The final report of the Trust and Technology project is currently going through feedback process with the final report being made available on this site later this year (2009).
Trust and Technology: Summary of Outcomes
(29 November 2007)
Koorie people involved in this research have told us that they want to:
Trust and Technology has identified 7 outcomes which support the above aspirations. Outcomes 1 and 2 are the foundational perspectives on which the other outcomes are based. Outcomes 3, 4 and 5 address three challenges which emerged from the research as key needs of Koorie communities. Outcomes 6 and 7 address the implications of this research for researchers and educators.
Outcome 1: Koorie knowledge
All sources of Koorie knowledge - stories shared within families, audio-recorded histories, government and other organisational records – are highly valued by Koorie people wanting to understand their identity and history. We need to take on board a conceptualisation of Koorie knowledge which:
Outcome 2: Koorie rights
Various human rights statements support the assertion that Koorie people have the right to make decisions about the management of their knowledge in all its forms. However Koorie people are currently afforded few rights over that part of their knowledge which is in archival institutions. If we accept that archival records contain Koorie knowledge, we need to find ways to give effect to Koorie rights over this knowledge. In doing so we should recognise the particular claims of Koorie people which arise from the part archival records have played in the dispossession of Koorie people as well as in the recovery of identity.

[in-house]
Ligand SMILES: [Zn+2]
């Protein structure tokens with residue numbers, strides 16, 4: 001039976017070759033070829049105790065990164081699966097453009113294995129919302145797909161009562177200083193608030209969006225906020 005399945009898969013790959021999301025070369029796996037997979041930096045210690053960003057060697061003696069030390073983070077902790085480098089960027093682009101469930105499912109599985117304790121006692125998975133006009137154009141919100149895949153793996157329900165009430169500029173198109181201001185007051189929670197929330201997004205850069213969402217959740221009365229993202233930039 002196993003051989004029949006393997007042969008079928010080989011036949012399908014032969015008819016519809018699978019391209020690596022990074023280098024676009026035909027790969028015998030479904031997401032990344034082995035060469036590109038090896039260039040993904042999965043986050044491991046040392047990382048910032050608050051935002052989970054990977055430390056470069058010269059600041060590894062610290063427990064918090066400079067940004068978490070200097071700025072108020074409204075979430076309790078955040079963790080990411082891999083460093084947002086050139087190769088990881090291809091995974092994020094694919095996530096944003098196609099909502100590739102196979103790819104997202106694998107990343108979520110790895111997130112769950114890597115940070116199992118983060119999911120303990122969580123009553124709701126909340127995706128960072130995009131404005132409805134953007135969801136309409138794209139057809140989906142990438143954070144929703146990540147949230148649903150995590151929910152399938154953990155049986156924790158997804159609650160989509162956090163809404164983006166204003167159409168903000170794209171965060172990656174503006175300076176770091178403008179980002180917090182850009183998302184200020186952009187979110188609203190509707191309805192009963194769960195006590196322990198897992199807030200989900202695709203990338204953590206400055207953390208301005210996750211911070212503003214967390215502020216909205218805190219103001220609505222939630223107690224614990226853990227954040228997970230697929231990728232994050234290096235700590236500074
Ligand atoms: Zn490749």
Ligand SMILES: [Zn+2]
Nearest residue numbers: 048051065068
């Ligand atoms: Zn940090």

Outcome 3: New approaches to rights and responsibilities in Koorie knowledge
The current Australian legal framework presents a number of obstacles to the realisation of Koorie rights in archival records, as proposed in outcome 2. We consider how the archives community could use a participant model to realign its principles and practices to give effect to Koorie rights in archival records. Alongside these policy initiatives there are also a number of legal strategies which could be pursued to give Koorie people greater rights over their knowledge.
Outcome 4: A holistic, community-based approach to Koorie archives
The holistic understanding of Koorie knowledge proposed by outcome 1 requires a holistic approach to the management of Koorie archives. Koorie knowledge cannot be made to adhere to the usual institutional/sectoral boundaries of archival programs. Holistic, community-based approaches to Koorie archives are needed to bring together, physically or virtually, all archives of a community regardless of their source or form.
Outcome 5: Setting the record straight
Koorie people express a strong desire to challenge the contents of ‘official’ records by recording their own narratives and perspectives alongside them – to set the record straight. International human rights principles and the experiences of other post-colonial, post-surveillance societies support this notion as an important means of acknowledging and limiting the ongoing potency of records which have been the tools and products of dispossession and control. We propose a Koorie Annotation System to enable Koorie people to challenge the errors or limitations of institutional records. Such a system will also contribute to the integration of Koorie knowledge.
Outcome 6. Researching together: rethinking the relationship between academia and Koorie communities
University-based researchers also need to overhaul research methods which position Indigenous (and other) communities as the subjects of research, and to pursue a participatory model of community-based research. This outcome presents lessons learned from this project about the colonisation of Koorie knowledge and the entanglement of knowledge systems. The principles of community-based participatory action research require promotion among consumers of research.
Outcome 7. Education and training for professional practice and scholarship
Recordkeeping educators, along with leading employers and professional associations, need to incorporate the new directions proposed in this report into foundational professional education and ongoing professional development.